The Problems with Age Segregated Teaching and Youth Groups
We have attended several churches that had active youth groups. Very few of them had children who appeared by the fruits of their behavior to be serious about their faith. Our children have often reported back to us that most of the children in their classes just goof off, are in attendance primarily for entertainment, socialization or flirting reasons, and don't seem to be very serious at all about their relationship with God. Our family's observations are supported by research done by Ken Ham in his book titled "Already Gone". Read the entire book for free at:
Consider these statistics from his book:
- 61% of today’s young adults who were regular church attendees are now “spiritually disengaged.” They are not actively attending church, praying, or reading their Bibles.
- 20% of those who were spiritually active during high school are maintaining a similar level of commitment.
- 19% of teens were never reached by the Christian community, and they are still disconnected from the Church or any other Christian activities.
- Those who faithfully attend Sunday School are more likely to leave the church than those who do not.
- Those who regularly attend Sunday School are more likely to believe that the Bible is less true.
- Those who regularly attend Sunday School are actually more likely to defend that abortion and gay marriage should be legal.
- Those who regularly attend Sunday School are actually more likely to defend premarital sex.
One significant reason this is happening is because God never intended for us to fellowship in our churches in such extensive age segregated ways. He intended that it be done primarily as whole families joining together with each other. Some age segregation in limited amounts is acceptable and necessary, but not like what is going on in most Christian churches today. In his excellent book "A Weed in the Church" by Scott Brown, he had this to say about his old church's programs prior to his ending his career as a youth group pastor there:
"I drew a graph on the whiteboard to illustrate how our church was fragmenting the families of our congregation. I listed all the ministries we were providing on the top of the graph, and, on the left, what function they served (whether it was for "equipping" or "evangelism"). Then I added another category: Fragments Family. Literally, every single program or ministry in our church separated the family into an age-segregated system of discipleship. Everything we were doing fragmented the family." (page 27 - 28).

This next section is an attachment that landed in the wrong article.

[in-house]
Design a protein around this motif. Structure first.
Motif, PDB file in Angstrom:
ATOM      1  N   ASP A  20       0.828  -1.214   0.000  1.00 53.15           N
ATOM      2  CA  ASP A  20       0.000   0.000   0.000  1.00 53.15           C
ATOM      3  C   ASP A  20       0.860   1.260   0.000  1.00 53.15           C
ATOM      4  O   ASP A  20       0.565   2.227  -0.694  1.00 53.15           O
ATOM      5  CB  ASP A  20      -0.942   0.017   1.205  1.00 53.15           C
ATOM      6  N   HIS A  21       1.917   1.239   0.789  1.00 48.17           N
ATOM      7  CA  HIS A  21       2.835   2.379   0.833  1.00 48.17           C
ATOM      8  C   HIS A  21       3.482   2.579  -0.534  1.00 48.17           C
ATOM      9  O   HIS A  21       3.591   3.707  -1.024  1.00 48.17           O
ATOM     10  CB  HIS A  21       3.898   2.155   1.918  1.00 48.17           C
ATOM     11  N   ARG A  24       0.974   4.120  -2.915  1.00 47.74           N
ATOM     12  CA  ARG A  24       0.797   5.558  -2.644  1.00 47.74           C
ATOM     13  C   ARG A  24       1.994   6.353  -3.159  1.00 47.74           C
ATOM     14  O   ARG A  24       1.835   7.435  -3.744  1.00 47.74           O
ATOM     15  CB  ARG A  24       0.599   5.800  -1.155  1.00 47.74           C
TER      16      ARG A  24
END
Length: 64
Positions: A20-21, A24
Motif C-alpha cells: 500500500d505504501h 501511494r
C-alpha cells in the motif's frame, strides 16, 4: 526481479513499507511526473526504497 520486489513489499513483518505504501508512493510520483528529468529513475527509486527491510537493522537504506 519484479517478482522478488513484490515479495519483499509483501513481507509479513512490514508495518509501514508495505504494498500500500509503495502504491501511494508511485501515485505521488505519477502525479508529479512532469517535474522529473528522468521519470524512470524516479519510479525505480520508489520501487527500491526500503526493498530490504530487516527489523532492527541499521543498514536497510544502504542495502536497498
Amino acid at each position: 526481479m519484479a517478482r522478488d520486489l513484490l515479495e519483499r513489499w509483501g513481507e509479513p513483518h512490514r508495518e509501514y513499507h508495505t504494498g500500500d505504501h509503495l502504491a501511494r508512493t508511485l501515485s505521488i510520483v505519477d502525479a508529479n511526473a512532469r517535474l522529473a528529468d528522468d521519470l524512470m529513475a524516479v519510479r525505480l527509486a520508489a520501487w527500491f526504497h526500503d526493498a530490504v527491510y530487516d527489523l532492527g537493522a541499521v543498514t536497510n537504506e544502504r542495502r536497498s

His book does a good job of explaining how age segregation got started, why it's not God's intended model and the harm it's causing to the church and its families and youth in particular. He also addresses many of the common objections that are raised such as how to minister to children who don't have a father, or who don't have parents who are instructing them in God's ways.
We strongly recommend that to begin your research into this problem by watching the video titled "Divided the Movie". You can watch the movie for free on their official web site at dividedthemovie.com. However, you have to provide them with a name and e-mail address to watch it. If you'd rather watch it for free without having to do that, view it at this site vimeo.com/26098320.
We also recommend their companion book titled "A Weed in the Church". It goes into many more details than there is time to address in the movie. You can purchase this book at their web site at dividedthemovie.com.
We encourage you to consider an age integrated church instead. This web site for the National Center for Family-Integrated Churches (NCFIC) lists churches that follow this biblical principal:
What are the 9 marks of a spiritually healthy church (does not address youth group concerns)
The National Center for Family-Integrated Churches
The Problems with Age Segregation and Youth Groups
Divided the Movie and A Weed in the Church book (official web site)
Divided the Movie (watch for free at unofficial site)